Within the last couple of weeks, I have had two friends text me that they recently suffered early miscarriages. They said they felt comfortable reaching out to me because I have blogged about my experiences both on here and my personal website. Being able to be there for my friends in a real and honest way was a reminder to me to believe that things happen for a reason. As hard as it is to realize in the moment, miscarriage is our body’s way of telling us that something wasn’t right.

Miscarriage and pregnancy loss are so isolating because nobody really gets it until they personally experience it. If it happens to you, and you don’t know anyone who it has happened to, it can be very lonely. For me, not having anyone to talk to about a situation is hard. I need to get my feelings out as I am feeling them. My poor husband gets an earful whenever I feel the need to express myself. God bless him.

I remember when I had losses, I didn’t know many people close to me, my age, that this had happened to. Not to say I didn’t have anyone supporting me. I am blessed to have a lot of support. It’s just easier sometimes to talk to someone who has been there. I blogged about it and shared it in open conversation with friends. Mostly people responded that they knew of someone who had a miscarriage. I worked with older women who came forward and told me it happened to them, but nobody ever talked about it in their era.

In the month of pregnancy and infant loss awareness, I reflected back on my miscarriages and how I have worked through the pain and confusion. Taking on this new role of guiding friends through the familiar pain has been another level of healing for me. It’s also been a reminder for me to hold my losses in my heart. Sometimes its easy to want to forget about painful experiences. And I have tried to put mine behind me before, but it doesn’t always work. I think it’s important to reflect back on where we started to realize how much we have gained since and to share our experiences. You never know who your words or photos are helping.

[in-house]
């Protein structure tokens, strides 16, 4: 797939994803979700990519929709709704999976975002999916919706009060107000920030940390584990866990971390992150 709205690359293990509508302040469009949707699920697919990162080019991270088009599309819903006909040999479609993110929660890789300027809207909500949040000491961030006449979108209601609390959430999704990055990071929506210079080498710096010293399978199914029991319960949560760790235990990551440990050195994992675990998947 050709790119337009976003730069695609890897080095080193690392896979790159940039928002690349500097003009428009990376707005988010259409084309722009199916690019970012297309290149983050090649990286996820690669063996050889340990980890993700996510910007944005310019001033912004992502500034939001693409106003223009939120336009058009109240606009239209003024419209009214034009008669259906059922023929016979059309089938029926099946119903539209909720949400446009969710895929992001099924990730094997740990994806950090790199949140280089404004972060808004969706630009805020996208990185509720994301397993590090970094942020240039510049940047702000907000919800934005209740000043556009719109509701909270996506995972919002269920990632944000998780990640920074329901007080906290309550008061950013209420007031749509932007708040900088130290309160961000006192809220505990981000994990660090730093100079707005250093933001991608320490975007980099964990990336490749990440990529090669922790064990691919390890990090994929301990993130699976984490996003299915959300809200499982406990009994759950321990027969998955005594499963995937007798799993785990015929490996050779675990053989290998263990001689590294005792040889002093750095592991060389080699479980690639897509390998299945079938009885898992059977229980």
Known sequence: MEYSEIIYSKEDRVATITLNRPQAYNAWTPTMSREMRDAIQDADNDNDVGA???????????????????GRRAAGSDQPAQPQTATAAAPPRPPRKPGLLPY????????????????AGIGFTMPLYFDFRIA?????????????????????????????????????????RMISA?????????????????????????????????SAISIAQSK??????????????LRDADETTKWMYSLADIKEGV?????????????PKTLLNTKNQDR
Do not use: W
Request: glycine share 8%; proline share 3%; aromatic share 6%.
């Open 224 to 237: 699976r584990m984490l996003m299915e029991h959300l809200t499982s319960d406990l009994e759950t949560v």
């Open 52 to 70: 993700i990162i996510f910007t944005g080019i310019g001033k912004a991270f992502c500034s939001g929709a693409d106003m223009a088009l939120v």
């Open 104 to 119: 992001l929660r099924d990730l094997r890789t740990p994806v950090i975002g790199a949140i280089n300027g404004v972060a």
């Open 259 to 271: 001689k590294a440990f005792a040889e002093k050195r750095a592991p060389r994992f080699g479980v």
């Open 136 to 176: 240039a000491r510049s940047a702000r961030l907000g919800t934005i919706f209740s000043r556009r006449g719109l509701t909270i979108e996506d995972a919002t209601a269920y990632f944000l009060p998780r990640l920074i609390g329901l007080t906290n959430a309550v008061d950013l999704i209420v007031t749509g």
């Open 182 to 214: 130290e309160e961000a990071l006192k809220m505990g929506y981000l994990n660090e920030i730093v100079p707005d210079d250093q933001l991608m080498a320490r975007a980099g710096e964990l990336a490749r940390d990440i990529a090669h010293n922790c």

I was watching my daughter and son play the other day and I said to my husband if I hadn’t had those losses, these two individuals wouldn’t be here. The first two pregnancies made way for my daughter and son. My daughter and son have given me and my husband the ability to believe everything happens for a reason. Being able to guide my friends through their struggles is a reason to believe. 

To all those currently suffering a loss, I am with you in prayer. You will get through this. Release your pain in whatever way makes you feel comfortable. Write about it, speak about it, volunteer….whatever release suits you best. Keep your head up and keep searching for those reasons to believe.

Category : Kate , Volunteer Bloggers

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New Path

My husband said to me the other day that he is feeling stressed. My husband is the most optimistic person I know, so if he says he’s stressed then I know something is really bugging him. 

We have both been feeling the weight of the pandemic. It took a while, but it’s starting to hit us harder. I was pregnant for the beginning of it. He had just started working from home and we were busy with our toddler. I had doctor’s visits to go to. We were constantly talking about what it was going to be like when the new baby came, so even though we had begun isolating, life seemed “busy.”